Over the past 20 years, the color of the world’s oceans has significantly changed, a trend that is attributed to human-induced climate change. Surprisingly, this change has impacted 56% of the world’s oceans, particularly in the tropical equatorial regions. The change in ocean colors may be a more accurate way to identify these variances because it may indicate changes in marine ecosystems.
Although the precise methods in which marine ecosystems are changing is still unknown, the modification in ocean colors suggests that human-induced climate change is the most likely reason. Over the years, researchers from numerous scientific institutions have run models to aid in the prediction of these patterns in ocean color. In essence, the fulfillment of these anticipated changes in reality is a startling discovery. The changes taking place are consistent with the modifications brought on by adjustments in our climate.
These findings offer more proof of the effects of human activity on Earth’s life over a very large area. In other words, it’s yet another instance of how people are influencing the biosphere. The study emphasizes the importance of monitoring ocean color because it may offer a quicker, more precise means to spot changes brought on by climate change in marine ecosystems.
Usually, the elements and creatures present in the ocean’s waters are directly reflected in the color of the sea water. Greener seas typically indicate the presence of ecosystems, particularly phytoplankton, while deeper blue waters typically imply a lesser level of life. Chlorophyll, a green pigment found in abundance in phytoplankton, a type of marine microorganism that resembles a plant, aids phytoplankton in absorbing sunlight and converting atmospheric carbon dioxide into carbohydrates.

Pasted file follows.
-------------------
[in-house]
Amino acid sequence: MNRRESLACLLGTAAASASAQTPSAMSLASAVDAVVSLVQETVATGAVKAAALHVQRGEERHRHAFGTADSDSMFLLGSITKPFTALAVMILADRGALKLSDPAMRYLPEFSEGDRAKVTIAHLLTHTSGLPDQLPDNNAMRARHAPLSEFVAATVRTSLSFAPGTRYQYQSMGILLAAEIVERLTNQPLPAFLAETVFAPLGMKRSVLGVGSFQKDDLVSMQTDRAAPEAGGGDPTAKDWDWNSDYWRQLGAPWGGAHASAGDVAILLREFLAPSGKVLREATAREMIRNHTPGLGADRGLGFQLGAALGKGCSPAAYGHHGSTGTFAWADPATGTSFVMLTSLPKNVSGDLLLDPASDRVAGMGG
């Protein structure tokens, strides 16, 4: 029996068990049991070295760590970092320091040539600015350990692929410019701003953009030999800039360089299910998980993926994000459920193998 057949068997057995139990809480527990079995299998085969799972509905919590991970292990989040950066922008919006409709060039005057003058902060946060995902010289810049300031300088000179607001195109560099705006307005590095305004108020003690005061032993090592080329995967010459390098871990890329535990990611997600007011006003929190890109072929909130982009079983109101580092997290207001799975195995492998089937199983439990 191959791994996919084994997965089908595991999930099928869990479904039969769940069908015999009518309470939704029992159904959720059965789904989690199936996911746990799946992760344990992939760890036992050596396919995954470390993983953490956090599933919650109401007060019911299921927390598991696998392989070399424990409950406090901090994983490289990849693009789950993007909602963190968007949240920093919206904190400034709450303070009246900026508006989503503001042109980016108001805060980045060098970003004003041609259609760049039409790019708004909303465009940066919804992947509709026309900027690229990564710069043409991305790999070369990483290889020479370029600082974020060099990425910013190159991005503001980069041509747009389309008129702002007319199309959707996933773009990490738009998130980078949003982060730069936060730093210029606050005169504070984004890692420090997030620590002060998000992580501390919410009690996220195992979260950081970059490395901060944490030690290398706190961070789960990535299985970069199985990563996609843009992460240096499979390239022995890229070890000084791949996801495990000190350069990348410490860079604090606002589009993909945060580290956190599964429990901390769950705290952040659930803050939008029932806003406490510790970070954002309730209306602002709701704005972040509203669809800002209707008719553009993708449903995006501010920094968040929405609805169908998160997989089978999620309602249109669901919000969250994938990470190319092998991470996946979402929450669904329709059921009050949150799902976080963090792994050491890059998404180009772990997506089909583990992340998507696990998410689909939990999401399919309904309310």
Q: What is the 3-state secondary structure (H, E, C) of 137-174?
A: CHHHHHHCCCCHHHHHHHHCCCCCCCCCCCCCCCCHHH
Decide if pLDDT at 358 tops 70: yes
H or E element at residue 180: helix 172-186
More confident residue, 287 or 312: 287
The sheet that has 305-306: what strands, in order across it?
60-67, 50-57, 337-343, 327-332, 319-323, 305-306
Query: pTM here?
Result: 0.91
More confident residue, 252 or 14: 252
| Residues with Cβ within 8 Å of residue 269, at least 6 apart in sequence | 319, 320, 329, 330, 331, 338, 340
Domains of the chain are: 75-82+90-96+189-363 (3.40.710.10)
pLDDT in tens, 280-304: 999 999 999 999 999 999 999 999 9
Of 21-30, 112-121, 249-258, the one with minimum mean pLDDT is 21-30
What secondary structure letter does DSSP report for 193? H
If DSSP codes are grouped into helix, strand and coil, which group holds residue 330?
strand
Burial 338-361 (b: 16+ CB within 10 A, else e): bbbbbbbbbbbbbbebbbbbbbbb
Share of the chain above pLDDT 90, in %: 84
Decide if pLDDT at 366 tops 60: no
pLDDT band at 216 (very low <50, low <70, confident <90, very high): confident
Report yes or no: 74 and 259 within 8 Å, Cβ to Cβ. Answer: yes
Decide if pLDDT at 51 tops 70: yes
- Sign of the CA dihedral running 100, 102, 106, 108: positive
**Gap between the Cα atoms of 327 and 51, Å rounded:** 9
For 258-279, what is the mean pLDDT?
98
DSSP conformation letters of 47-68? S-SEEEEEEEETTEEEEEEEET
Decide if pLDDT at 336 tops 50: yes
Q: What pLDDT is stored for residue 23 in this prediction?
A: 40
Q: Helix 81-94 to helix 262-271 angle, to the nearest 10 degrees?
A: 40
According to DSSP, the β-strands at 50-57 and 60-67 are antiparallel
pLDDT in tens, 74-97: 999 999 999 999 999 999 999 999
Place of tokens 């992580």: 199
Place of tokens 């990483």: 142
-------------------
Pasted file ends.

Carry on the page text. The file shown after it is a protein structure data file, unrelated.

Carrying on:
The foundation of the marine food web is phytoplankton, which also supports fish, seabirds, marine mammals, krill, and other increasingly sophisticated species. They are essential for the ocean’s capacity to absorb and hold carbon dioxide. Monitoring phytoplankton and how they react to climate change is therefore still crucial.
Monitoring changes in chlorophyll to determine how phytoplankton react to climate change may not be the best strategy, though. Chlorophyll fluctuates significantly from year to year, which could mask any movement that is especially caused by climate change. Instead, studying broader ocean colors can provide a more precise and timely depiction of changes in the oceans brought on by climate change.
The Moderate Resolution Imaging Spectroradiometer (MODIS) on board the Aqua satellite, which has been tracking ocean color for more than 20 years, provided measurements for the study. Seven visible wavelengths, including the two colors typically used by academics to calculate chlorophyll, are measured by this satellite.
Statistical study of all seven ocean colors demonstrated a definite trend above the typical year-to-year variability, despite the fact that these color differences detected by the satellite are too tiny for human eyes to see. Therefore, using all seven colors rather than only measuring chlorophyll could provide a more thorough understanding of the condition of the ocean.
In-depth analysis of the satellite data supports a model’s 2019 projection that greenhouse emissions will prompt a significant trend to emerge within 20 years. Real-world data, which is alarming, demonstrates that the hue of the ocean has definitely altered. This alteration is a result of shifting plankton communities, which has important ramifications for everything that depends on them. Due to the fact that various varieties of plankton have differing capacities for doing this, this also has an impact on how well the oceans can absorb carbon.
Since these findings go beyond simple model predictions, they should be regarded carefully. It shows that the ocean is changing, with human-caused climate change most likely being the primary cause of these changes. The findings indicate how evaluating several factors, such as ocean hue, might provide researchers with a clearer, faster way to identify changes to marine ecosystems brought on by climate change. The future mitigation of the effects of climate change may depend greatly on such discoveries.